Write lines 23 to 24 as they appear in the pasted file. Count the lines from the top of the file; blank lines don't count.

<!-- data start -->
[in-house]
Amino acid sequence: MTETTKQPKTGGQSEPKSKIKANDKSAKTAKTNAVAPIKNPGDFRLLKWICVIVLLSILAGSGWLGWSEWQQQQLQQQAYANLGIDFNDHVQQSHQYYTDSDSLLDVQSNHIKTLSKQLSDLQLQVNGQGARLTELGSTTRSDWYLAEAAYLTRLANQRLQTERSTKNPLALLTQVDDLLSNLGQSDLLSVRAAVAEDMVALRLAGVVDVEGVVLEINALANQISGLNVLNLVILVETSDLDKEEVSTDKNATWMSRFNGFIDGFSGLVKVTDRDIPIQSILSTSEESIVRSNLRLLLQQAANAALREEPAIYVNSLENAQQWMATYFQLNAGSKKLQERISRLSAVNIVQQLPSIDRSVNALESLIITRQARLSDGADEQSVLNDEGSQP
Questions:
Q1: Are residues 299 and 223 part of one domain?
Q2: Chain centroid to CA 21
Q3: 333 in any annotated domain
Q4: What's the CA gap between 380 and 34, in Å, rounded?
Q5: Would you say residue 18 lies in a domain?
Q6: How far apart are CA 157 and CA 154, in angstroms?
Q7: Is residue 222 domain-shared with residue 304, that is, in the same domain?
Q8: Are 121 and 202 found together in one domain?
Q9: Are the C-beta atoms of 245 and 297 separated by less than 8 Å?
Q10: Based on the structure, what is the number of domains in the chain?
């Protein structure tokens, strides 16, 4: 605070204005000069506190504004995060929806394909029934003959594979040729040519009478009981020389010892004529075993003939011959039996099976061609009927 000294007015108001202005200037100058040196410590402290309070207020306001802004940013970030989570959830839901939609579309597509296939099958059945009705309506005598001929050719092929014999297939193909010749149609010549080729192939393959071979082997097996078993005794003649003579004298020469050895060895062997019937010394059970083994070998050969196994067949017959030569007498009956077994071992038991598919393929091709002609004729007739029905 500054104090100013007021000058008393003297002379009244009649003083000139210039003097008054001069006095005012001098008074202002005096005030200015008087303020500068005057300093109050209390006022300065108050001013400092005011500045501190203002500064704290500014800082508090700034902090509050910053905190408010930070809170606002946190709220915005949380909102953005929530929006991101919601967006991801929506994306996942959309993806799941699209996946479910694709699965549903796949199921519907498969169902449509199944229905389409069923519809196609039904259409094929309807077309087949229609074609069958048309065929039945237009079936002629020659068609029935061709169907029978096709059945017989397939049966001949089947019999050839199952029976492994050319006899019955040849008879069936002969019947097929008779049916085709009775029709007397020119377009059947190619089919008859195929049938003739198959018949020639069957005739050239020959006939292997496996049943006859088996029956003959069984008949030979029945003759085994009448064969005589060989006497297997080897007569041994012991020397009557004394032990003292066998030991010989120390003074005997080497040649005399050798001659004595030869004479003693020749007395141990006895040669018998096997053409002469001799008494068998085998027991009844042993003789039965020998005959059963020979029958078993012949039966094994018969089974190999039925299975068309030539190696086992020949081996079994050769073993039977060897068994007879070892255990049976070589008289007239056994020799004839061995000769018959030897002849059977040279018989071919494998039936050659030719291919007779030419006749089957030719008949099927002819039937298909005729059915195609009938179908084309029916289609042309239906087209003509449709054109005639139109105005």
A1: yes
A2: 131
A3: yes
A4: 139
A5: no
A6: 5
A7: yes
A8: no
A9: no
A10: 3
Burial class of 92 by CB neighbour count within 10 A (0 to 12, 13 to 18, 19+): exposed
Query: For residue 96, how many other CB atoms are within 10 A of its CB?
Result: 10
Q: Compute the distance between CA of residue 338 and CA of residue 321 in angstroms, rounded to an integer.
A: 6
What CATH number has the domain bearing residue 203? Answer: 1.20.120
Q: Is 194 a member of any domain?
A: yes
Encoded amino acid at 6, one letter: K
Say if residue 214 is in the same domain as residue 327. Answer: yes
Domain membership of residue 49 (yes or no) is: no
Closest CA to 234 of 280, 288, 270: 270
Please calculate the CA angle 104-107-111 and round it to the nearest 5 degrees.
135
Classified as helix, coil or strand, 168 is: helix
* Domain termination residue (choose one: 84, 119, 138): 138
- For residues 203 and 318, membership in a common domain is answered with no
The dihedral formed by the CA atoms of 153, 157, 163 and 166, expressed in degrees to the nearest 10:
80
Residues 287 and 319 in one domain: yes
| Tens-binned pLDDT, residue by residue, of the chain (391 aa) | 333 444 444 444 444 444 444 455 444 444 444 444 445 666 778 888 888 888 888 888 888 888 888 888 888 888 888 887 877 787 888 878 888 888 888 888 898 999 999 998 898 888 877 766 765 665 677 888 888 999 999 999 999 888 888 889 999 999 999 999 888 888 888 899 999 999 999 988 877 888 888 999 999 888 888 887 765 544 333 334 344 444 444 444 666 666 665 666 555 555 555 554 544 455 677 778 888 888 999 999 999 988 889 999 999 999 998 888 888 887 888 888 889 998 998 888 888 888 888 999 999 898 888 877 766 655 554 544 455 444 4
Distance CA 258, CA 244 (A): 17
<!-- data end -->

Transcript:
A9: no
A10: 3